Am I in a dairy crisis?

A group of young Gippsland dairy farmers say times are tough but not at crisis point, said well-known dairy consultant John Mulvany during an ABC Radio interview yesterday.

When I ask myself whether it feels like I am in a “dairy crisis”, the answer is a perplexing “yes and no”.

We will get through this year battle-weary but pretty much unscathed and the bank is still very supportive. The co-op recently delivered us a modest price increase, which included back-pay and that was very helpful. I hope I’m not jinxing myself by saying this but the autumn break has arrived, everything is green and growing and new seed is in the ground.

But when I look at why things are undoubtedly “tough”, that’s when it feels like a crisis.

International dairy commodity prices are good
Right now, we are actually being paid very well. It just doesn’t feel like it for two reasons. First, those excellent prices are in US dollars, which means that by the time you convert those prices into Aussie dollars, the prices are a lot less spectacular. Second, the cost of making milk has increased faster than milk prices have risen.

Given that international dairy commodity prices are notoriously volatile, I’m not looking forward to the next cycle, when they are considered “weak”.

The strong Aussie dollar is not going away anytime soon
Business commentators are telling Australian exporters (and around half of our milk is exported) to get used to a strong Aussie dollar. It’s here to stay.

Input costs are tipped to keep rising
The price of power, refrigerants and fuel is only going to keep rising, along with wages and, in the long term, fertiliser. Interest rates cannot be expected to remain so low forever, either.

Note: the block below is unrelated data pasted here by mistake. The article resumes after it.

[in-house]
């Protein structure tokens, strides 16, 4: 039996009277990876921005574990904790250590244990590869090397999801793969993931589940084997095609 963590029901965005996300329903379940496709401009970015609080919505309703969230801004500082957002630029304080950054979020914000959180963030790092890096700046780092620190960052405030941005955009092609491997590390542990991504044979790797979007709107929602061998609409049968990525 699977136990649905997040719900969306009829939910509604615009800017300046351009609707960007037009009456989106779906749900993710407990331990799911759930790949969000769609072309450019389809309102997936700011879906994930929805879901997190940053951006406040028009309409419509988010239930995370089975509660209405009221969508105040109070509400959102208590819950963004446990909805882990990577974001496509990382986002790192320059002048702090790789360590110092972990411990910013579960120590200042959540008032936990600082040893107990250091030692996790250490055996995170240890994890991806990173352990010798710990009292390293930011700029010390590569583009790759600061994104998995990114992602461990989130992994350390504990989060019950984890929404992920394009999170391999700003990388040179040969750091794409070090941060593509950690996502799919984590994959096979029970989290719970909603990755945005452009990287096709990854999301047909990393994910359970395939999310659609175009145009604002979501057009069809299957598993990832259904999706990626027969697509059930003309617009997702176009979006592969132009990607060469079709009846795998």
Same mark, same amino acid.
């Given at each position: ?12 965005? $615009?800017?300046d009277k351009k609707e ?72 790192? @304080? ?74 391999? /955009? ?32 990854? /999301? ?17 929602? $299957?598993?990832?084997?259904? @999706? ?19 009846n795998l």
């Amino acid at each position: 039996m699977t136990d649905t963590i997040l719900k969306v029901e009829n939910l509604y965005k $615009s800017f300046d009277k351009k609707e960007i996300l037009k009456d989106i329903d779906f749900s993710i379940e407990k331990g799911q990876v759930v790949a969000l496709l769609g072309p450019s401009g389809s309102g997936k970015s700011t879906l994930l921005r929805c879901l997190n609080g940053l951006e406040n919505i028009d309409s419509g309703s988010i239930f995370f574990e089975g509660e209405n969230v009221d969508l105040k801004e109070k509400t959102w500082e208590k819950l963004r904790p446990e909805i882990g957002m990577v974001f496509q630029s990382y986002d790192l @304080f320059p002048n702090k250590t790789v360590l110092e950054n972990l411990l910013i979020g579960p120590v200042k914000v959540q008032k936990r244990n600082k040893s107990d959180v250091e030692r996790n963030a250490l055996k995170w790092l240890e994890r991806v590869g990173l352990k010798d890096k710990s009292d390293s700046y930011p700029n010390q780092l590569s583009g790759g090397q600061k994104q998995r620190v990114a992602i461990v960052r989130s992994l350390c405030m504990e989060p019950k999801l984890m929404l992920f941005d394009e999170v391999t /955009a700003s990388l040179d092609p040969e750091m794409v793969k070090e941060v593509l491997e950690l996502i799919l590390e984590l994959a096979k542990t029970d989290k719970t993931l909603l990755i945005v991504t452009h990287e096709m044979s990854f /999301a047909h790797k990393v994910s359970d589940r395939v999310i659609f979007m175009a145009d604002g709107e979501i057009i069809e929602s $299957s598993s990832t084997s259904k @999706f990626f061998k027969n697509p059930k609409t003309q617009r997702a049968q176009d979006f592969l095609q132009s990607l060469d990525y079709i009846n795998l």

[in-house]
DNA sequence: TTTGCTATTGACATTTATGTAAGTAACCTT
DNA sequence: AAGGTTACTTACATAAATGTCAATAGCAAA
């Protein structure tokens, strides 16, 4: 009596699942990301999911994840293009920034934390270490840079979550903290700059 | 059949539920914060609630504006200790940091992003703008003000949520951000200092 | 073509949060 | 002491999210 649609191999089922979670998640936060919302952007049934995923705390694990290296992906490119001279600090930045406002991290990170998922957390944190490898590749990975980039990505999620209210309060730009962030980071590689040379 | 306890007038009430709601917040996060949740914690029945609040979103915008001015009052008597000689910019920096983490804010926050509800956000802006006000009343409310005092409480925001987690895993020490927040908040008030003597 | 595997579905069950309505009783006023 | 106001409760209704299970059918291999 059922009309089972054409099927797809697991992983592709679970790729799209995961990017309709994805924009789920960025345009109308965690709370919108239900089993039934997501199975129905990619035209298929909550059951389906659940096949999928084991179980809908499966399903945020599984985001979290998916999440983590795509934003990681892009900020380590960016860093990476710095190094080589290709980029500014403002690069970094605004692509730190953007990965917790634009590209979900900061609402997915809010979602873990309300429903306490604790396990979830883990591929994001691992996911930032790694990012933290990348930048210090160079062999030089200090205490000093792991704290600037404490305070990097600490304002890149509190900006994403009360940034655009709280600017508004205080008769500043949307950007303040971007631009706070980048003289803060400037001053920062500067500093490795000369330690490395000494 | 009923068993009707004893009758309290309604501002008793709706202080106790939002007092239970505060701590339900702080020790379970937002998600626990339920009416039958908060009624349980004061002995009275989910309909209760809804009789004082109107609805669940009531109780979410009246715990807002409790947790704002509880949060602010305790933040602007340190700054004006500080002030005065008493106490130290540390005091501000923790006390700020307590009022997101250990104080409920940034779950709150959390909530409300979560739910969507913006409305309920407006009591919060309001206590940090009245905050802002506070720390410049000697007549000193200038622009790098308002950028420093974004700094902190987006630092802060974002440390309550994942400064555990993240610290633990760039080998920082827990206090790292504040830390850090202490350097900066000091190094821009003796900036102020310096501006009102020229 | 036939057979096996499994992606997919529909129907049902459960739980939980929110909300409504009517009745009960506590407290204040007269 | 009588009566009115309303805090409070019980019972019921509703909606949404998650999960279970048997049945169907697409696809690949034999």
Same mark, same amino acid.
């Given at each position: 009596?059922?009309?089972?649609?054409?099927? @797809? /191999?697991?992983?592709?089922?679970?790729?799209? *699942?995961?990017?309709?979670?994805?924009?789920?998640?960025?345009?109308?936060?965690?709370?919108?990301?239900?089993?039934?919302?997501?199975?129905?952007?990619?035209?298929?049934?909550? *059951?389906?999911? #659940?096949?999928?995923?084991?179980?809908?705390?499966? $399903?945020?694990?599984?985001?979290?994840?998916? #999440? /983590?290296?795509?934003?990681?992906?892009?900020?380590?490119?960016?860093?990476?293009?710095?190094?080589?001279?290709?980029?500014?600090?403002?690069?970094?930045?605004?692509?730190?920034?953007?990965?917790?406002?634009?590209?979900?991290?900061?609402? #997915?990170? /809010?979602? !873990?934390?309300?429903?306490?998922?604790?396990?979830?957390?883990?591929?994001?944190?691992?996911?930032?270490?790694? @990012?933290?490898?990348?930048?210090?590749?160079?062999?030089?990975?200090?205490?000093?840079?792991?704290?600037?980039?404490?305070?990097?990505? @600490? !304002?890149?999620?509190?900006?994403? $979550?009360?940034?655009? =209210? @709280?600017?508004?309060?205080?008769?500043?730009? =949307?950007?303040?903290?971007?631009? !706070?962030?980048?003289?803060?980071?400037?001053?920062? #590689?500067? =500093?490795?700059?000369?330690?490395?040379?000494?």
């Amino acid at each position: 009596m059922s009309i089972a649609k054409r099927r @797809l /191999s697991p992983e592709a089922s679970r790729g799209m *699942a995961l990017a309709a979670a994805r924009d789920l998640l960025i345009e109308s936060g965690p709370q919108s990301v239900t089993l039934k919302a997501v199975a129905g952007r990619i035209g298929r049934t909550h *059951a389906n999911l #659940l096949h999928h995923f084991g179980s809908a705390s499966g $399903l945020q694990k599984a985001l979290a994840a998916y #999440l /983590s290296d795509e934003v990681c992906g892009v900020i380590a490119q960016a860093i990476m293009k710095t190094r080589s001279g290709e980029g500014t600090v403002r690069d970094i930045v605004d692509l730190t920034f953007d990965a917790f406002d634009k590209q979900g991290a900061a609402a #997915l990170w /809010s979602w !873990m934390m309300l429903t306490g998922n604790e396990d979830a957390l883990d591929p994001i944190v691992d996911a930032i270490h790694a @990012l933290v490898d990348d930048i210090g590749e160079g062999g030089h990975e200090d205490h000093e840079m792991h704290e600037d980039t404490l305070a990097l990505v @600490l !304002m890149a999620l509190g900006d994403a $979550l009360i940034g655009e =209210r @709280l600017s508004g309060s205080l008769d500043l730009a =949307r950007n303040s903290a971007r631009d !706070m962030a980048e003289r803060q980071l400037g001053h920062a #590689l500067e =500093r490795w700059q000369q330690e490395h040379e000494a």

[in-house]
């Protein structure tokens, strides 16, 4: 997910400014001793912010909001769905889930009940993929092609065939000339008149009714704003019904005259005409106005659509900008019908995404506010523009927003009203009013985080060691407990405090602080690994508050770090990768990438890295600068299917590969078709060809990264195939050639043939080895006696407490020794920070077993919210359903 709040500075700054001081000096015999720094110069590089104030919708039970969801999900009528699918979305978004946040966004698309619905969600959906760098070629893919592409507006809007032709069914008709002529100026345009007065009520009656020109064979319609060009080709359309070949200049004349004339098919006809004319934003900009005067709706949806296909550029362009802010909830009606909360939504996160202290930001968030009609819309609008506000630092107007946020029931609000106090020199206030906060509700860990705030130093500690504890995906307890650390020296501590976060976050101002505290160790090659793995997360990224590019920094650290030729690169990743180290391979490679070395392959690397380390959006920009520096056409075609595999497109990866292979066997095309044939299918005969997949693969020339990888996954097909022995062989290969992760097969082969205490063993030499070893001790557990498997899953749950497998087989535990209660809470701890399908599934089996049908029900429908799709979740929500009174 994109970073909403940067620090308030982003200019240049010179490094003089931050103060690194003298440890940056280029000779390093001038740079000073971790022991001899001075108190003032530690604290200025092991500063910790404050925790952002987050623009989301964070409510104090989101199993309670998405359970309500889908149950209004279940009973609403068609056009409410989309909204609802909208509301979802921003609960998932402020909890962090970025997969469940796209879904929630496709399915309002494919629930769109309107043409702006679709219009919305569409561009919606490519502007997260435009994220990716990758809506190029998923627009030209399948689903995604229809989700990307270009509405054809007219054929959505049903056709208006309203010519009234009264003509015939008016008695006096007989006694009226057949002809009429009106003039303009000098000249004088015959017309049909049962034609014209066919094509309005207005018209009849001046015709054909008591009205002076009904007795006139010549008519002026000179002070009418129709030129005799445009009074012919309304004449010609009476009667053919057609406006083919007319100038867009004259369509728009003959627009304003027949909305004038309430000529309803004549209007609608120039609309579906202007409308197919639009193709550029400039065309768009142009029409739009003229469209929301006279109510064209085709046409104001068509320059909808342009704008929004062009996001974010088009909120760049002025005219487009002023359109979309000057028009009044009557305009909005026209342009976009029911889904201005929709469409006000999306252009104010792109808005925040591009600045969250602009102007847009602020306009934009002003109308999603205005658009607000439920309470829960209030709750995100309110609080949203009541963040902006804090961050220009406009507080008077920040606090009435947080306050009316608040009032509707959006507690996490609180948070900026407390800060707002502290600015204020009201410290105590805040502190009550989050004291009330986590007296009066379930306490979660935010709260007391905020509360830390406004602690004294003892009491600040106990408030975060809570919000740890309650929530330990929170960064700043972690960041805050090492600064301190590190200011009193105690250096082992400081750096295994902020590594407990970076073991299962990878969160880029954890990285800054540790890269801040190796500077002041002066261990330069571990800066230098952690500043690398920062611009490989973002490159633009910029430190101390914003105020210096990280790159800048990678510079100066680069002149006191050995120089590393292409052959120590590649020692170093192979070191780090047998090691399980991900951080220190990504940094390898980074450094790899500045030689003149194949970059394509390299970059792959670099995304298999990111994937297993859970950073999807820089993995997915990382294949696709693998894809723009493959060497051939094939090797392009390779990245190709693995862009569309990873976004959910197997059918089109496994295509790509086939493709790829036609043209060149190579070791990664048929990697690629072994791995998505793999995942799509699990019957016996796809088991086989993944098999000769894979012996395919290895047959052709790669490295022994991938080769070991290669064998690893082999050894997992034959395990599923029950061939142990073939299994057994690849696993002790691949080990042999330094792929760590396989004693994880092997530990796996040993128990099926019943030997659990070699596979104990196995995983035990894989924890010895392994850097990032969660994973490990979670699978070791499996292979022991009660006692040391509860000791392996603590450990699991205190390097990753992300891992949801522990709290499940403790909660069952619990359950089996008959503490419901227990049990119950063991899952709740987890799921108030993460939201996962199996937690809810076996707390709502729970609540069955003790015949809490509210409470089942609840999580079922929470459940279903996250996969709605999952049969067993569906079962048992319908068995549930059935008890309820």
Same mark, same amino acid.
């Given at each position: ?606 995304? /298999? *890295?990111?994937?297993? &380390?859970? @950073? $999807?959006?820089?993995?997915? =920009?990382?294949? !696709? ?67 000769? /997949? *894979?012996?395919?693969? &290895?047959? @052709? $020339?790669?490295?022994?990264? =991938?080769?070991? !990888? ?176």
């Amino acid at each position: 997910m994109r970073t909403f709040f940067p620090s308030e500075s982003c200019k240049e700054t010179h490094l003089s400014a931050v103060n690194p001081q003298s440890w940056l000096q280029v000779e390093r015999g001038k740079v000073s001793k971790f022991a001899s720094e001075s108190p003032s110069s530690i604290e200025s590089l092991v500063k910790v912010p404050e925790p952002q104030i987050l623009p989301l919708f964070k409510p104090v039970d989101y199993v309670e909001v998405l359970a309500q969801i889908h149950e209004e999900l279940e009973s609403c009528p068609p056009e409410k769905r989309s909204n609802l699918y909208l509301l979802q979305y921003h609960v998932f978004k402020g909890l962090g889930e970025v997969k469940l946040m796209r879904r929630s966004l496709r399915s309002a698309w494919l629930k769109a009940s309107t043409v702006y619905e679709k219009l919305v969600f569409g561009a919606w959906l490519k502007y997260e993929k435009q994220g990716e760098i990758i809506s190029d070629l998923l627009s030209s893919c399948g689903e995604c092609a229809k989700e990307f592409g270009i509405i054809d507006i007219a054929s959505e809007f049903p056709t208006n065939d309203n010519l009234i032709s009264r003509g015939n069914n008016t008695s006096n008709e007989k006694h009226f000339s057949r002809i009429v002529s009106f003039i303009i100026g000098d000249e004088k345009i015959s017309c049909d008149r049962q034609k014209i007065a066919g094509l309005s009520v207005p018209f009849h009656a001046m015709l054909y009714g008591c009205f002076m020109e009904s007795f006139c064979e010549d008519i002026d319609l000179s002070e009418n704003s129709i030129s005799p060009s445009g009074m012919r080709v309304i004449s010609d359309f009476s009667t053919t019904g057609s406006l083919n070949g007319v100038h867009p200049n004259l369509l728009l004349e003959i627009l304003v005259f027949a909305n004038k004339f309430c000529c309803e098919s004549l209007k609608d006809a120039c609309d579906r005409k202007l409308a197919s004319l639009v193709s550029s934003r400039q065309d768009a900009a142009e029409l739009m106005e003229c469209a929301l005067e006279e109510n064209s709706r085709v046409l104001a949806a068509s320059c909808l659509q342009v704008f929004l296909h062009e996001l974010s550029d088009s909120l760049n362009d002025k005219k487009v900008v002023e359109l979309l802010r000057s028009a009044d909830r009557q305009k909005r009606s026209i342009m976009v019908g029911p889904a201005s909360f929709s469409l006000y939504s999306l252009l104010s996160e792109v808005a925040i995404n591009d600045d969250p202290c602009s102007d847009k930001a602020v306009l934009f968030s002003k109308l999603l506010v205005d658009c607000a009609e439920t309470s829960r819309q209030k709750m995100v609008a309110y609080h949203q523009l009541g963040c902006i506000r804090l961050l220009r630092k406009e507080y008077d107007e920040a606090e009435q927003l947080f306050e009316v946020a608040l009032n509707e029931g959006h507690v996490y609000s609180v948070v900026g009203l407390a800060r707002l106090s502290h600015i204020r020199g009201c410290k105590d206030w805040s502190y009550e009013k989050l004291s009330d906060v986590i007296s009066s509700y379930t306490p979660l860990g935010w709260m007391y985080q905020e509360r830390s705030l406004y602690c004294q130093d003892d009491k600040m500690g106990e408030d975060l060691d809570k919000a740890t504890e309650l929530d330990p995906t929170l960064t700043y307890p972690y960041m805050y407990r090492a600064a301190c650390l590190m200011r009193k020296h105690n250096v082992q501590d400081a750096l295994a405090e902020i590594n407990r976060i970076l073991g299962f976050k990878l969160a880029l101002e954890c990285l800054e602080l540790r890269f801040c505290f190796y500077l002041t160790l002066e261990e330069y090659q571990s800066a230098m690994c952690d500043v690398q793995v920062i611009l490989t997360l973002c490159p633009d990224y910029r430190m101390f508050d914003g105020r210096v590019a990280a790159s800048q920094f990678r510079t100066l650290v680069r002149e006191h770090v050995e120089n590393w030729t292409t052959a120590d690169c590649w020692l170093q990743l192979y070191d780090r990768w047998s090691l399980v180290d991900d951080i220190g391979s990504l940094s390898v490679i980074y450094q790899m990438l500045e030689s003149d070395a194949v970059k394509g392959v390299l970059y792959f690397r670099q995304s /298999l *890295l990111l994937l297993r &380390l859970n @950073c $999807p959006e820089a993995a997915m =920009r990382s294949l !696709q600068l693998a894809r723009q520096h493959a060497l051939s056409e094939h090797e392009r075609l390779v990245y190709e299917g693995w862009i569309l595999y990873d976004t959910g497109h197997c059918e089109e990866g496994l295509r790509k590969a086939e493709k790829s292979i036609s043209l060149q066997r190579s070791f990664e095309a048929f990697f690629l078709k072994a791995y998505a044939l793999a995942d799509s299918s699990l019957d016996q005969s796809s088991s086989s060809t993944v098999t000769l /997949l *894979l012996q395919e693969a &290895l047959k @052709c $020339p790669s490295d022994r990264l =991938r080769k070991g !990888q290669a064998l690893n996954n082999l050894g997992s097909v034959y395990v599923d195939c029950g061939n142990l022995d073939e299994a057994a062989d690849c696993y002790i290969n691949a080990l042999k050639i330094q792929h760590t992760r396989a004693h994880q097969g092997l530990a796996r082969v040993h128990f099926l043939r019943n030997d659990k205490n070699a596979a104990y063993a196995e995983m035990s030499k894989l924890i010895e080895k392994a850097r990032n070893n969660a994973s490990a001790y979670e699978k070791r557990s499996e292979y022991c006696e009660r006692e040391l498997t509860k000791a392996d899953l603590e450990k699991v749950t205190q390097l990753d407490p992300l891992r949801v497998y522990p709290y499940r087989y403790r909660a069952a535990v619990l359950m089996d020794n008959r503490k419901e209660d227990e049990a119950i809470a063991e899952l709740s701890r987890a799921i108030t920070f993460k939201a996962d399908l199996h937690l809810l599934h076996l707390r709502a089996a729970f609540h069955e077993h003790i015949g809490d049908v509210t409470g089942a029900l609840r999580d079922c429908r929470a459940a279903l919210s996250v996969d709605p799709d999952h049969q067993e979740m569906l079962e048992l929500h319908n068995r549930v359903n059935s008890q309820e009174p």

Smart farming programs withering as R&D slashed
There have been savage cuts to agricultural R&D right around the country, with massive job losses here in Victoria. We are going to have to look further afield for innovation leadership.

Conflicting messages about the future of farm-gate prices
We are constantly told a massive protein shortage will transform dairy farmers from paupers to princes. As dairy industry commentator, Steve Spencer, writes in the latest edition of the Farm Policy Journal:

“One of the significant challenges faced by the industry – especially export manufacturers who can’t keep up with customer demand – is that too few of their milk suppliers have bought into the story that the future holds great opportunity.”

Glad you noticed, Steve. And little wonder we’re not buying the story. Not only are we no more profitable now than we were a decade ago when “the story” was first floated, just a few weeks ago, ABARES forecasted a 36 cents per litre farm-gate price within five years – well below our cost of production.

Steve goes on to say that the dairy industry is missing many key ingredients “…building confidence, showcasing success, positive esteem…” and then poses a “…critical question for all parts of the industry: how to motivate people to look long, adjusting their businesses and attitudes to accept the cycles of the market and cashflow as inevitable?”.

Steve, I think that is what we have done and that is why some call it a dairy crisis. Rhetoric no longer cuts it. But I reckon you’re right that we farmers do need to start thinking about the big picture beyond the farm gate so we are ready not only to face the future but to recast it before it’s too late to find our feet in the new world order of dairying nations.

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